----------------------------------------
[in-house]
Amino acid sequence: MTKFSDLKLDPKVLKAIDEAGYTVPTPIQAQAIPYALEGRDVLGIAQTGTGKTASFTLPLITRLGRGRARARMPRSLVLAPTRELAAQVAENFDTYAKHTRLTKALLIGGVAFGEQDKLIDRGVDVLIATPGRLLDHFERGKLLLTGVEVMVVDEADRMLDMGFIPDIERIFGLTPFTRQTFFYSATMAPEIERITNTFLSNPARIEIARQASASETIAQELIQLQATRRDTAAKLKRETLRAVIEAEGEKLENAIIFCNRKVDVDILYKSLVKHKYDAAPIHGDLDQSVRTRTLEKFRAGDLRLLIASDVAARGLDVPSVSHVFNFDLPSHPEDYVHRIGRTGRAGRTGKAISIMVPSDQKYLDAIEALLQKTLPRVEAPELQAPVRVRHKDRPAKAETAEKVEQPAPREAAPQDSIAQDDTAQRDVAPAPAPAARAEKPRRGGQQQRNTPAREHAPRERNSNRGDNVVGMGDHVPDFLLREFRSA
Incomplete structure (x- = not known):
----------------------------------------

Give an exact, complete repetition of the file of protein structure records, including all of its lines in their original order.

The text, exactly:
[in-house]
Amino acid sequence: MTKFSDLKLDPKVLKAIDEAGYTVPTPIQAQAIPYALEGRDVLGIAQTGTGKTASFTLPLITRLGRGRARARMPRSLVLAPTRELAAQVAENFDTYAKHTRLTKALLIGGVAFGEQDKLIDRGVDVLIATPGRLLDHFERGKLLLTGVEVMVVDEADRMLDMGFIPDIERIFGLTPFTRQTFFYSATMAPEIERITNTFLSNPARIEIARQASASETIAQELIQLQATRRDTAAKLKRETLRAVIEAEGEKLENAIIFCNRKVDVDILYKSLVKHKYDAAPIHGDLDQSVRTRTLEKFRAGDLRLLIASDVAARGLDVPSVSHVFNFDLPSHPEDYVHRIGRTGRAGRTGKAISIMVPSDQKYLDAIEALLQKTLPRVEAPELQAPVRVRHKDRPAKAETAEKVEQPAPREAAPQDSIAQDDTAQRDVAPAPAPAARAEKPRRGGQQQRNTPAREHAPRERNSNRGDNVVGMGDHVPDFLLREFRSA
Incomplete structure (x- = not known):